But scientists can also ward off irresponsible inferences. According to analysis in Nature:

Perhaps the most striking examples of successful communication were the articles that came from research led by Lindsay Young, a wildlife biologist with Pacific Rim Conservation in Honolulu, on the breeding behaviour of the Laysan albatross. Young was regularly quoted as saying ‘Lesbian is a human term. The study is about albatross. The study is not about humans.’ When asked what her study said about human behaviour, Young’s only quoted reply has been ‘I don’t answer that question.’

As a result, most of the media coverage of this research used the term ‘same-sex couples’ when referring to albatross pairing, and only one used ‘lesbian.’ More significantly, most of the coverage spent more time discussing the behaviour of the birds than speculating on its relevance to humans or poking fun at the findings. In this case, actively denying inappropriate speculation seems to have helped to restrain the tone of the articles without diminishing public interest in the work.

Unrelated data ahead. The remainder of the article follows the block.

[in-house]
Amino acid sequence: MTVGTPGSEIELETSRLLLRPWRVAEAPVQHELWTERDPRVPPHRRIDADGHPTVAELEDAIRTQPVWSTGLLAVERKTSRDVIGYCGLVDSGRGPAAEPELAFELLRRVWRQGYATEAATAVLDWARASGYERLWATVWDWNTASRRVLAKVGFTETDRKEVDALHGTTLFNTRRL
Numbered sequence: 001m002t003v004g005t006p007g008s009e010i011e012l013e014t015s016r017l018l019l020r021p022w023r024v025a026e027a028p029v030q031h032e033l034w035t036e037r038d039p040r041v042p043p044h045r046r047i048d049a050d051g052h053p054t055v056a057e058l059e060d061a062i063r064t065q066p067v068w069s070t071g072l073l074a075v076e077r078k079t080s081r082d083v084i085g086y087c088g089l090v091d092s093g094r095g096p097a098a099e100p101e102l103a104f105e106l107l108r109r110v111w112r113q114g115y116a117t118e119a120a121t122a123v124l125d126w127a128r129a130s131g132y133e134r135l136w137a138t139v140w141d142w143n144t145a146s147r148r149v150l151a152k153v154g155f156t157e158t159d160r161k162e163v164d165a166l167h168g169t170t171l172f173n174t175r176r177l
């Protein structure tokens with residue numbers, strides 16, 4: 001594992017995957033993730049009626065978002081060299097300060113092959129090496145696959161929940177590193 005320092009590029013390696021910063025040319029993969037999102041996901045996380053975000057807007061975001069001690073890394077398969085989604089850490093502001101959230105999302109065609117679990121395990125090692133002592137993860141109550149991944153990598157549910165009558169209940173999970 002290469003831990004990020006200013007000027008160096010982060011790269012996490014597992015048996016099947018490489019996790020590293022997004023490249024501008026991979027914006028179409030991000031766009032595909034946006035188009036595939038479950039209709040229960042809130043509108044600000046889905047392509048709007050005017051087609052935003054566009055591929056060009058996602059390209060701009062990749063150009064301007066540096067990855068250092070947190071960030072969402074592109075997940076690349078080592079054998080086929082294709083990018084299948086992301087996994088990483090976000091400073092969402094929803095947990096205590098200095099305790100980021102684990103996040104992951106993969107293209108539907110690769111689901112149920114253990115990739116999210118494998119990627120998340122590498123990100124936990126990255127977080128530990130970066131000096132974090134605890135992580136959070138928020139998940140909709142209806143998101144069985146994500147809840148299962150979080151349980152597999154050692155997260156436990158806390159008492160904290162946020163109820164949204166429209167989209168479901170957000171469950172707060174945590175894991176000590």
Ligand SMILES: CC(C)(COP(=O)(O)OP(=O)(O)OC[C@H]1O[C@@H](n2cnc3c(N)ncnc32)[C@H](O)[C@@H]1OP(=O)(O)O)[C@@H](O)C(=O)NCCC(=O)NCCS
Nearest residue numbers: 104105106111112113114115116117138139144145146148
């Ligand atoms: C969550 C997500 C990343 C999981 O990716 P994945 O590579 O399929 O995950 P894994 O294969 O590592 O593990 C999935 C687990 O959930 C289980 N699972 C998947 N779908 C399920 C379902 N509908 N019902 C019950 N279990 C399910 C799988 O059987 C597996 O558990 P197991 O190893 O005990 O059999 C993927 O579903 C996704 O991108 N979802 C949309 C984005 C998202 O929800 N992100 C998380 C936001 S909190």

Indeed, as the analysis suggests, journalists do not need to sensationalize research to garner attention. The authors concede that, “Of course, journalists should be allowed to use crafty wordsmanship to engage public interest.” But a good writer should be able to tell the difference between crafty and crude.


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Curtis Brainard is the editor of The Observatory, CJR's online critique of science and environment reporting. Follow him on Twitter @cbrainard.